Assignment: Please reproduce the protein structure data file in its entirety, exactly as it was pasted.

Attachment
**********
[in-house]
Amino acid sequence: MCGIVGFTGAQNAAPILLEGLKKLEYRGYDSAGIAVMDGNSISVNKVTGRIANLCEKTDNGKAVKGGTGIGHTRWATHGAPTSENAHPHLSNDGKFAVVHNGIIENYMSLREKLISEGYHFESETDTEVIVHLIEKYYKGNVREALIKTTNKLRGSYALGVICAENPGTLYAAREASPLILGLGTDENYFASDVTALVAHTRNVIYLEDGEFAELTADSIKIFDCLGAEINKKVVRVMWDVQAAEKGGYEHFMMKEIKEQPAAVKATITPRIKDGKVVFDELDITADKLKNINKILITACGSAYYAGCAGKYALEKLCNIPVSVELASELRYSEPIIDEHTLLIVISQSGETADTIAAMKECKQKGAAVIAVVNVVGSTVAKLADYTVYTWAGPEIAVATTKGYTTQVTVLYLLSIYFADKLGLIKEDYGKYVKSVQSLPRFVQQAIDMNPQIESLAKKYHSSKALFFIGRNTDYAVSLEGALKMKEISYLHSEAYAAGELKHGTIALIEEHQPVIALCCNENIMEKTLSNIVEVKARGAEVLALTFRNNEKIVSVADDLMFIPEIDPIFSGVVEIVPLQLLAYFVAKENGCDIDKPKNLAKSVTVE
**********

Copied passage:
[in-house]
Amino acid sequence: MCGIVGFTGAQNAAPILLEGLKKLEYRGYDSAGIAVMDGNSISVNKVTGRIANLCEKTDNGKAVKGGTGIGHTRWATHGAPTSENAHPHLSNDGKFAVVHNGIIENYMSLREKLISEGYHFESETDTEVIVHLIEKYYKGNVREALIKTTNKLRGSYALGVICAENPGTLYAAREASPLILGLGTDENYFASDVTALVAHTRNVIYLEDGEFAELTADSIKIFDCLGAEINKKVVRVMWDVQAAEKGGYEHFMMKEIKEQPAAVKATITPRIKDGKVVFDELDITADKLKNINKILITACGSAYYAGCAGKYALEKLCNIPVSVELASELRYSEPIIDEHTLLIVISQSGETADTIAAMKECKQKGAAVIAVVNVVGSTVAKLADYTVYTWAGPEIAVATTKGYTTQVTVLYLLSIYFADKLGLIKEDYGKYVKSVQSLPRFVQQAIDMNPQIESLAKKYHSSKALFFIGRNTDYAVSLEGALKMKEISYLHSEAYAAGELKHGTIALIEEHQPVIALCCNENIMEKTLSNIVEVKARGAEVLALTFRNNEKIVSVADDLMFIPEIDPIFSGVVEIVPLQLLAYFVAKENGCDIDKPKNLAKSVTVE